The Page-boy And The Silver Goblet
: The Scottish Fairy Book
There was once a little page-boy, who was in service in a stately
Castle. He was a very good-natured little fellow, and did his duties so
willingly and well that everybody liked him, from the great Earl whom he
served every day on bended knee, to the fat old butler whose errands he
Now the Castle stood on the edge of a cliff overlooking the sea, and
although the walls at that side were very thick, in
them there was a
little postern door, which opened on to a narrow flight of steps that
led down the face of the cliff to the sea shore, so that anyone who
liked could go down there in the pleasant summer mornings and bathe in
the shimmering sea.
On the other side of the Castle were gardens and pleasure grounds,
opening on to a long stretch of heather-covered moorland, which, at
last, met a distant range of hills.
The little page-boy was very fond of going out on this moor when his
work was done, for then he could run about as much as he liked, chasing
bumble-bees, and catching butterflies, and looking for birds' nests when
it was nesting time.
And the old butler was very pleased that he should do so, for he knew
that it was good for a healthy little lad to have plenty of fun in the
open air. But before the boy went out the old man always gave him one
"Now, mind my words, laddie, and keep far away from the Fairy Knowe, for
the Little Folk are not to trust to."
This Knowe of which he spoke was a little green hillock, which stood on
the moor not twenty yards from the garden gate, and folk said that it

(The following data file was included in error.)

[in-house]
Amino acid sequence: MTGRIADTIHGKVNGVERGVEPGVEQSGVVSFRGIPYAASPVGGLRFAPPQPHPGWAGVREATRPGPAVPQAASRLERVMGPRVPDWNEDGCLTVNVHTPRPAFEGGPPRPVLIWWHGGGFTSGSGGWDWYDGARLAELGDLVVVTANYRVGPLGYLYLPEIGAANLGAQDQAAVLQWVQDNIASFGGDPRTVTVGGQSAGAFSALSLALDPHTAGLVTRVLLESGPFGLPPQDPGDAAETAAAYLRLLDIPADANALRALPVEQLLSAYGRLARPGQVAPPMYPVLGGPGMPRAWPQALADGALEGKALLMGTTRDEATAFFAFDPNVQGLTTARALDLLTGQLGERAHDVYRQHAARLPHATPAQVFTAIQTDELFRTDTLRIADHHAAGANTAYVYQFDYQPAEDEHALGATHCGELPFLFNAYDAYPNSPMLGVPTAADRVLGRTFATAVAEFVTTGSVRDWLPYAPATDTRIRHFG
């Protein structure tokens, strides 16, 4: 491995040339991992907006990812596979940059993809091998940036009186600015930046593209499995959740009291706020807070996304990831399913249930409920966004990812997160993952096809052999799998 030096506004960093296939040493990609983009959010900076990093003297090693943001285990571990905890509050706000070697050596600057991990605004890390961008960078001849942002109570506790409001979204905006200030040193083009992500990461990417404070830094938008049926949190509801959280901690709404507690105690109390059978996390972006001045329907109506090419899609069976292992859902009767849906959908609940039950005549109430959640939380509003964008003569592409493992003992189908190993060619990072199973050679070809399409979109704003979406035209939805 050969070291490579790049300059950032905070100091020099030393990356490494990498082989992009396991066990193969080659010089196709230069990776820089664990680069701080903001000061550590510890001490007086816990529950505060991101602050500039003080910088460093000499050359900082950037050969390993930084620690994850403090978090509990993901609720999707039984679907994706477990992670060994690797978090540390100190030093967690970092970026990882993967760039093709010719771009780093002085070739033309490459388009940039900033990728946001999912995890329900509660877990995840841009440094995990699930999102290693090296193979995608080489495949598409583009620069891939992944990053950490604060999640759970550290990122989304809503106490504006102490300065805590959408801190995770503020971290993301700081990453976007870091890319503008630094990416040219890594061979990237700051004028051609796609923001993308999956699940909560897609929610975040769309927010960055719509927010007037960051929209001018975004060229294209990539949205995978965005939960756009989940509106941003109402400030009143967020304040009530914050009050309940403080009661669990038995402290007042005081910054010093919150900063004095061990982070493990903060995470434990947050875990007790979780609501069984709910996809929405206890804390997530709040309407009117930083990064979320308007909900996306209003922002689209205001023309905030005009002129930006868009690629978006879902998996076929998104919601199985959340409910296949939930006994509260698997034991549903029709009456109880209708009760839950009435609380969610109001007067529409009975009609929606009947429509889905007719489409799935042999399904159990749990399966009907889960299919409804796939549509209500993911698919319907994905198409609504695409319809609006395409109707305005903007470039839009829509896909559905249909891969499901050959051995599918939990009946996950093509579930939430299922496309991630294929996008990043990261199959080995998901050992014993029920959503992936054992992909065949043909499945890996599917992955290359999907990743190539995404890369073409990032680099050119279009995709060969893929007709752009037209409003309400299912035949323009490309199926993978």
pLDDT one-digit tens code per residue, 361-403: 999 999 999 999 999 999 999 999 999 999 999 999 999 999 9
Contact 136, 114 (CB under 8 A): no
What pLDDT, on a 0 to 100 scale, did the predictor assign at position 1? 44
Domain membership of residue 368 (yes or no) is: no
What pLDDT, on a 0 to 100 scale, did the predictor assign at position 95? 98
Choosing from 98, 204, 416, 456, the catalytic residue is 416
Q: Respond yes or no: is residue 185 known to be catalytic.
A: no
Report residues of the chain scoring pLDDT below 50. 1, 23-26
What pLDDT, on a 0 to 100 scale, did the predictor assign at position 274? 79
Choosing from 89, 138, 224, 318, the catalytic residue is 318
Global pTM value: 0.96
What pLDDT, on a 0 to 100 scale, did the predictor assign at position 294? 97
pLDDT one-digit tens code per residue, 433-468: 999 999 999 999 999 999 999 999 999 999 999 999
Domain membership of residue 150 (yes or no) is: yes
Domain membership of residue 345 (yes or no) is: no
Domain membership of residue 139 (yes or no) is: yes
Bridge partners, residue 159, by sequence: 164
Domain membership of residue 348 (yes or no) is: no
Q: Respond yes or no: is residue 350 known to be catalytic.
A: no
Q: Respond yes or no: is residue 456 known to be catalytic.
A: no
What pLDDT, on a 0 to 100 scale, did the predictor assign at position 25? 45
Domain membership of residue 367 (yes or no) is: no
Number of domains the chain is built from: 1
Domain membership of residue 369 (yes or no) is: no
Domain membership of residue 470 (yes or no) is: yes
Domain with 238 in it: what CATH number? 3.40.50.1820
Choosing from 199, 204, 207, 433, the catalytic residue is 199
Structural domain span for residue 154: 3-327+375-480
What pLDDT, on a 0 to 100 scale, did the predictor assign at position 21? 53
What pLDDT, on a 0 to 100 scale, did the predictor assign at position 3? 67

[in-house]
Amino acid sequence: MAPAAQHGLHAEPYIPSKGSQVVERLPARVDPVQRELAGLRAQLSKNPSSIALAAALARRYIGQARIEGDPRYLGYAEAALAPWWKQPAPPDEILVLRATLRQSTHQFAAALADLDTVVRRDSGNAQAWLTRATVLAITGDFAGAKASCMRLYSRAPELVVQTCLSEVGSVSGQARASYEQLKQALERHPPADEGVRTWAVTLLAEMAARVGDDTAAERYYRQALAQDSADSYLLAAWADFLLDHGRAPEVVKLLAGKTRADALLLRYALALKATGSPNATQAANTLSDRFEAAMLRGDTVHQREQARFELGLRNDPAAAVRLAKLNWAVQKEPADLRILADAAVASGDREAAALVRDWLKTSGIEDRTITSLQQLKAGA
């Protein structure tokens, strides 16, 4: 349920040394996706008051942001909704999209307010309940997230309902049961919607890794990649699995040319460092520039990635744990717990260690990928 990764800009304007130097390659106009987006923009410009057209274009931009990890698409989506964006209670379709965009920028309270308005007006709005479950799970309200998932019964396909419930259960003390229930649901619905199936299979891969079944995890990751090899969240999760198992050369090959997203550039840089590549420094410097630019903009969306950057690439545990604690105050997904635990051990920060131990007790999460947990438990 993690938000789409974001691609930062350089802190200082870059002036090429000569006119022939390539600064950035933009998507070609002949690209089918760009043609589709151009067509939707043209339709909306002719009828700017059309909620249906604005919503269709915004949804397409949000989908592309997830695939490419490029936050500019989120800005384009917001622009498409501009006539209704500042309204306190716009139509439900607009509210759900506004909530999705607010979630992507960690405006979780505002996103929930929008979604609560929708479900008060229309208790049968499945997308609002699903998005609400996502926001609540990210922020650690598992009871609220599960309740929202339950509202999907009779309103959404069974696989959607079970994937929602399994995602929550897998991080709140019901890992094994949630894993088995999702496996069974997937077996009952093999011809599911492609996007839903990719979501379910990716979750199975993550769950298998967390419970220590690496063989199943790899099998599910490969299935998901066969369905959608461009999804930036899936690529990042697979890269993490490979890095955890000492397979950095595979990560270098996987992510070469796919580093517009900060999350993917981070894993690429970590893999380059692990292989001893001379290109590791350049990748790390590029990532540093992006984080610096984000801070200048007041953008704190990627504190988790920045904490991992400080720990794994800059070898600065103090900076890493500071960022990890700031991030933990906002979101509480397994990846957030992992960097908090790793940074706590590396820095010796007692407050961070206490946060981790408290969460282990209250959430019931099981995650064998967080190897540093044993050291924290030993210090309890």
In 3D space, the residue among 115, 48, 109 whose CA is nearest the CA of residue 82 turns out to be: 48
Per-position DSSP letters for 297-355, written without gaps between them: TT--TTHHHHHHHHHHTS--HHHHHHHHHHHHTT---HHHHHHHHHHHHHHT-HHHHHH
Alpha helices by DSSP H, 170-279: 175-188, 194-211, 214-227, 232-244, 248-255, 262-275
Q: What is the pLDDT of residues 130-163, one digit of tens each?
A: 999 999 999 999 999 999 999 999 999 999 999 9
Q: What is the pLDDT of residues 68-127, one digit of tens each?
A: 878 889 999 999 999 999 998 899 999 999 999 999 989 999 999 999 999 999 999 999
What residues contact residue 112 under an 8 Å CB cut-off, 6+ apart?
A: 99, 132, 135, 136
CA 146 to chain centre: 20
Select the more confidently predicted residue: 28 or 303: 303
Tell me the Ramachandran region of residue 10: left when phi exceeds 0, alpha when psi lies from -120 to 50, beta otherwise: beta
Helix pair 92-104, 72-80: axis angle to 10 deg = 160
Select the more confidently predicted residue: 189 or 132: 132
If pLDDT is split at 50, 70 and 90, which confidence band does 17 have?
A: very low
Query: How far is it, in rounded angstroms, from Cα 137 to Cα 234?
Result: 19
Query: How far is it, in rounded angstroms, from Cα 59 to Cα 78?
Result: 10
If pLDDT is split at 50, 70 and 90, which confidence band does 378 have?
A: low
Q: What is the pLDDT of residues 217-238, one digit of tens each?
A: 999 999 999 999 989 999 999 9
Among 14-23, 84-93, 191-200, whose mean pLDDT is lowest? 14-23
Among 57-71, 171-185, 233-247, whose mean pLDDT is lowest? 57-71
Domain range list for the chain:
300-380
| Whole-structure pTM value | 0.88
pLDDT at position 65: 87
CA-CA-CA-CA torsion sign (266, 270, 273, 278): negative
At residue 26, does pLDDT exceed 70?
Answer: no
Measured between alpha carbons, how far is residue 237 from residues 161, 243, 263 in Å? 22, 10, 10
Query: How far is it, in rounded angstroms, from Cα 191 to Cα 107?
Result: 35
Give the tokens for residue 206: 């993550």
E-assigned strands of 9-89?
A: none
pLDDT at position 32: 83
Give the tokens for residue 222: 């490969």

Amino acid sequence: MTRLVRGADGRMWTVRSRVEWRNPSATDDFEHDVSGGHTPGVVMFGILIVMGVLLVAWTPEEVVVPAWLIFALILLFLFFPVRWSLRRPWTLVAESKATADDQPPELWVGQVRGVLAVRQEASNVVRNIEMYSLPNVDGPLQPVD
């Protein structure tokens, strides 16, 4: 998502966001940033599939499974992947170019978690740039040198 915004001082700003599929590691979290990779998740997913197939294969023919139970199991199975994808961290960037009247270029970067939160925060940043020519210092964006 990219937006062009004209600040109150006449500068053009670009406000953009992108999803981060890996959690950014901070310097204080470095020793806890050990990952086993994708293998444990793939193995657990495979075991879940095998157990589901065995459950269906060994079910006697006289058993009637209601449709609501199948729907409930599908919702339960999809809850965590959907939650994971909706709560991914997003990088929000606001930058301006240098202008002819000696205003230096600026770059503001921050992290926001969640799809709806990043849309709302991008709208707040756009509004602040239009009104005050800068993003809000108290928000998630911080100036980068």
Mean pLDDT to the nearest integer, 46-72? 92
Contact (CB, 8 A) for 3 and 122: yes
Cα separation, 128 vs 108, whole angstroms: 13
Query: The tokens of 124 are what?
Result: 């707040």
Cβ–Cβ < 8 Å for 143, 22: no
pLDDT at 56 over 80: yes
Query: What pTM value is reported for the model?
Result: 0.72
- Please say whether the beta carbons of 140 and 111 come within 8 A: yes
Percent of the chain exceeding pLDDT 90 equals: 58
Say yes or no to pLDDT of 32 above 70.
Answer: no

was the abode of Fairies, who would punish any rash mortal who came too
near them. And because of this the country people would walk a good
half-mile out of their way, even in broad daylight, rather than run the
risk of going too near the Fairy Knowe and bringing down the Little
Folks' displeasure upon them. And at night they would hardly cross the
moor at all, for everyone knows that Fairies come abroad in the
darkness, and the door of their dwelling stands open, so that any
luckless mortal who does not take care may find himself inside.
Now, the little page-boy was an adventurous wight, and instead of being
frightened of the Fairies, he was very anxious to see them, and to visit
their abode, just to find out what it was like.
So one night, when everyone else was asleep, he crept out of the Castle
by the little postern door, and stole down the stone steps, and along
the sea shore, and up on to the moor, and went straight to the Fairy
To his delight he found that what everyone said was true. The top of the
Knowe was tipped up, and from the opening that was thus made, rays of
light came streaming out.
His heart was beating fast with excitement, but, gathering his courage,
he stooped down and slipped inside the Knowe.
He found himself in a large room lit by numberless tiny candles, and
there, seated round a polished table, were scores of the Tiny Folk,
Fairies, and Elves, and Gnomes, dressed in green, and yellow, and pink;
blue, and lilac, and scarlet; in all the colours, in fact, that you can
He stood in a dark corner watching the busy scene in wonder, thinking
how strange it was that there should be such a number of these tiny
beings living their own lives all unknown to men, at such a little
distance from them, when suddenly someone--he could not tell who it
was--gave an order.
"Fetch the Cup," cried the owner of the unknown voice, and instantly two
little Fairy pages, dressed all in scarlet livery, darted from the table
to a tiny cupboard in the rock, and returned staggering under the weight
of a most beautiful silver cup, richly embossed and lined inside with
He placed it in the middle of the table, and, amid clapping of hands and
shouts of joy, all the Fairies began to drink out of it in turn. And